A collection of reviews of films from off the beaten path; a travel guide for those who love the cinematic world and want more than the mainstream releases.
Friday, May 8, 2020
Nate Hood's Quarantine Qapsule #3 Story of Women  ★★★½
There’s little question that the historical Marie-Louise Giraud, an underground abortionist operating in Nazi occupied France executed by the Germans in 1943, was a martyr. The question Claude Chabrol’s 1988 historical drama Story of Women asks, however, is for what cause. Women’s rights? Probably not. Marie (Isabelle Huppert) seems little interested in helping her fellow women out of principle. Instead, she treats her underground activities as a nascent capitalist venture, even dismissing the death of one of her clients the way a coal baron might reports of cave-in fatalities. She rationalizes her mercenary actions as supporting her children, as indeed any impoverished mother reduced to scrounging the countryside for edible nettles would. But after her “business” makes enough money to reliably stuff her children with jam crackers, to finance a move to a better apartment, to afford a lover, and to hire a full-time nanny/part-time abortionist assistant so she can spend her days dancing and having singing lessons, we start to suspect that this was always about her wants and desires first and foremost.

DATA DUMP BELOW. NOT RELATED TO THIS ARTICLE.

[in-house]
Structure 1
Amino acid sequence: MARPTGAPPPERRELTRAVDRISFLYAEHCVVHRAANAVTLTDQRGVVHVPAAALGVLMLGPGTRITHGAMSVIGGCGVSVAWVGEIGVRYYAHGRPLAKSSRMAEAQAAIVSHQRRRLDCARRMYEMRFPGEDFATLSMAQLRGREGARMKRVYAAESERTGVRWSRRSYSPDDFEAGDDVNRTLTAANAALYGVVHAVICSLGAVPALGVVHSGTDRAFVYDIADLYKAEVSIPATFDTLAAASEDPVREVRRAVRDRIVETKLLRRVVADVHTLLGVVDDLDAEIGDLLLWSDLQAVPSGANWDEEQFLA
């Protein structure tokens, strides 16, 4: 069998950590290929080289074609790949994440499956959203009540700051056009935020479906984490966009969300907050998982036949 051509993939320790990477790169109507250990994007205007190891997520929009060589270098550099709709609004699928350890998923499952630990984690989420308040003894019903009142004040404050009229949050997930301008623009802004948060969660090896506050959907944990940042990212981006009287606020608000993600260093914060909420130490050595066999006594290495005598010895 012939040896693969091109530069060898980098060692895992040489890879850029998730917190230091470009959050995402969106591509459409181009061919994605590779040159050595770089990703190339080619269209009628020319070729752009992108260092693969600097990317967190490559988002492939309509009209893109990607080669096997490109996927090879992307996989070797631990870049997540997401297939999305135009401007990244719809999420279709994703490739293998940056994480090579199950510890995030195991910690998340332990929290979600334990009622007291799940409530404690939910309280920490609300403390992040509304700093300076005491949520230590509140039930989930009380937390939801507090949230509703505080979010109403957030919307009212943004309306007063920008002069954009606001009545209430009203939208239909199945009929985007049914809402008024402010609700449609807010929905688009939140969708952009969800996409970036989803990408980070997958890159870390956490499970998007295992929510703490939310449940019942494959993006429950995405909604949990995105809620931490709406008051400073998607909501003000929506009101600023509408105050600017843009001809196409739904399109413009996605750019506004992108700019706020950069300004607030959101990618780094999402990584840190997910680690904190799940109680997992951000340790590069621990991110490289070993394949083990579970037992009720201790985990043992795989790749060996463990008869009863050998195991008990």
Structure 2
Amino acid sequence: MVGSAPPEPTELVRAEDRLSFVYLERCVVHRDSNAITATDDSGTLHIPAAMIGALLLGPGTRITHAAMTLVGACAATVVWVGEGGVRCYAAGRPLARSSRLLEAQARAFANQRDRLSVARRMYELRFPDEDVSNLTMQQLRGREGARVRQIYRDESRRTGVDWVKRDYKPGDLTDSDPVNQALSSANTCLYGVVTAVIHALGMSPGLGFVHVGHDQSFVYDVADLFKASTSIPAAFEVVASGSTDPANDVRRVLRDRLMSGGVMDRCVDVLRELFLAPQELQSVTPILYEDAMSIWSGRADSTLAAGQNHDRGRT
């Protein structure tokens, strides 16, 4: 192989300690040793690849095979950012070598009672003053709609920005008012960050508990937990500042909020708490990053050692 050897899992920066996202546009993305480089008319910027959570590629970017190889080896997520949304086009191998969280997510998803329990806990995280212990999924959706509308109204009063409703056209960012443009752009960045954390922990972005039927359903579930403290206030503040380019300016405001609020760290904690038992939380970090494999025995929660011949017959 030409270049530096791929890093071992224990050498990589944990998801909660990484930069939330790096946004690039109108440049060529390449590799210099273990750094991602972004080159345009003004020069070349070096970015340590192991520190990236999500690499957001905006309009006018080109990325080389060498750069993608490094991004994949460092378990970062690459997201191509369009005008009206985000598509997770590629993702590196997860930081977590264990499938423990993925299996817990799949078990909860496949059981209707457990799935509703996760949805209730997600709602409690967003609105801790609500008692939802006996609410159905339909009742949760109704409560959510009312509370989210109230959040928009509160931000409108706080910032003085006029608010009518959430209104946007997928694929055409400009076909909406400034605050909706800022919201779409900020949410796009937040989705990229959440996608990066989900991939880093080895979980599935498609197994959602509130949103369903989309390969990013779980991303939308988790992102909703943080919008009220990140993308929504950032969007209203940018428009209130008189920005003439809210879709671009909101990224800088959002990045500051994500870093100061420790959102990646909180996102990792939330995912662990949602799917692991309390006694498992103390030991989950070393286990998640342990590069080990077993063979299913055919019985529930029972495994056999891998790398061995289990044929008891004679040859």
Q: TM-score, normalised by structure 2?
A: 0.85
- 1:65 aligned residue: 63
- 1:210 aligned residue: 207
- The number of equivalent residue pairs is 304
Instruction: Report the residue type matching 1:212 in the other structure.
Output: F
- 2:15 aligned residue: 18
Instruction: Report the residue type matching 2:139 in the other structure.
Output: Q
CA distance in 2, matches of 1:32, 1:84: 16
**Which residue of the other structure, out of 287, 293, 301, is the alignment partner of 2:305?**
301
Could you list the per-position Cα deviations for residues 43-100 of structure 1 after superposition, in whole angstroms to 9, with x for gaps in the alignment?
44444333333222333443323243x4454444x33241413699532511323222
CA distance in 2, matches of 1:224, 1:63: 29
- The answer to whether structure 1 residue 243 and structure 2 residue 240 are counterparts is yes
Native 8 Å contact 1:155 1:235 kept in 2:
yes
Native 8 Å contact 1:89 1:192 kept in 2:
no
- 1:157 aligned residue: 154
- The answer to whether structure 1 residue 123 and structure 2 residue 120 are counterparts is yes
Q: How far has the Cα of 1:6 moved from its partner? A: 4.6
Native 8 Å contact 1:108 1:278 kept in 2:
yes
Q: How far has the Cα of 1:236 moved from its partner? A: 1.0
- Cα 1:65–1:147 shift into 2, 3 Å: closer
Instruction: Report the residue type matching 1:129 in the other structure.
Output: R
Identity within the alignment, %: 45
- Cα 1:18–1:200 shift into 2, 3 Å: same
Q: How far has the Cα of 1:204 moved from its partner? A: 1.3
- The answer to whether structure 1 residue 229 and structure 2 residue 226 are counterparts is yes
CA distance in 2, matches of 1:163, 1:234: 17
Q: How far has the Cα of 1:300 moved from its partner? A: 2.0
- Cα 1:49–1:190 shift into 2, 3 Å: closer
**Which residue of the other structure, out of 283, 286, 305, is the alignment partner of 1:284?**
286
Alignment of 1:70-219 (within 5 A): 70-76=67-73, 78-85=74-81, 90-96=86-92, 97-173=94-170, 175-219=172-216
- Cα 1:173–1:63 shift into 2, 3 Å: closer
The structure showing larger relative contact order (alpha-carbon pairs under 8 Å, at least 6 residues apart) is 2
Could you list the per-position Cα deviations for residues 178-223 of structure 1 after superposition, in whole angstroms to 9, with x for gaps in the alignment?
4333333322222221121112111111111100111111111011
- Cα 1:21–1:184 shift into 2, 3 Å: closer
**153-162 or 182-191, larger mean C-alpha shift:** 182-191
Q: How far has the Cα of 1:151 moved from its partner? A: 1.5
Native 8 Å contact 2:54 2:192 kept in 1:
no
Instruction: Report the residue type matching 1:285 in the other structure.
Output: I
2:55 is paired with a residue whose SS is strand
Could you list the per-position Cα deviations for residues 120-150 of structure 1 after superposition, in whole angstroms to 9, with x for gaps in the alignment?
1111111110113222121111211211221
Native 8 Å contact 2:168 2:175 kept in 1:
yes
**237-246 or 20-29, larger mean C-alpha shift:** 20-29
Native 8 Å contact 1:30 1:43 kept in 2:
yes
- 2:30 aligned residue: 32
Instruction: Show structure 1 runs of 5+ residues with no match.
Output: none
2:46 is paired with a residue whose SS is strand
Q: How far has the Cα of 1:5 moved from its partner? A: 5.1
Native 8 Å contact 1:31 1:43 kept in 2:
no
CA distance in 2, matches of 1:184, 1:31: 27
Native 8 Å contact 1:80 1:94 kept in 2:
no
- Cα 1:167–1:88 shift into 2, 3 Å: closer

This isn’t a critique and it’s certainly not a moral condemnation; it’s an observation of Chabrol’s depiction of Marie’s plight to obtain wealth and social position while under foreign occupation. So what then is Marie a martyr for? For that one must look to the opening scene: after Marie feeds her children scavenged food, she puts them to bed, chastises her son for wanting more attention, says that “she’s too young to not have fun,” and goes out drinking and dancing with her friends. Marie, then, is a martyr for a woman’s right to put aside their duty as mother, wife, and daughter and live selfishly for themselves, even in the midst of hardship. It’s a personal autonomy many women are cheated of through social custom and biological necessity. Consider one of Marie’s clients, an exhausted mother pregnant with her seventh consecutive child. She confesses that she hates her children and being forced to be bloated and sick nine months of every year. Indeed, she says that she’d rather die than have another. So Marie lives the good life so many other women can’t, spurning her shellshocked POW husband and making her children play in the street while she performs abortions and rents her rooms to prostitutes. For even during wartime, Chabrol argues, women have a right to live for themselves.
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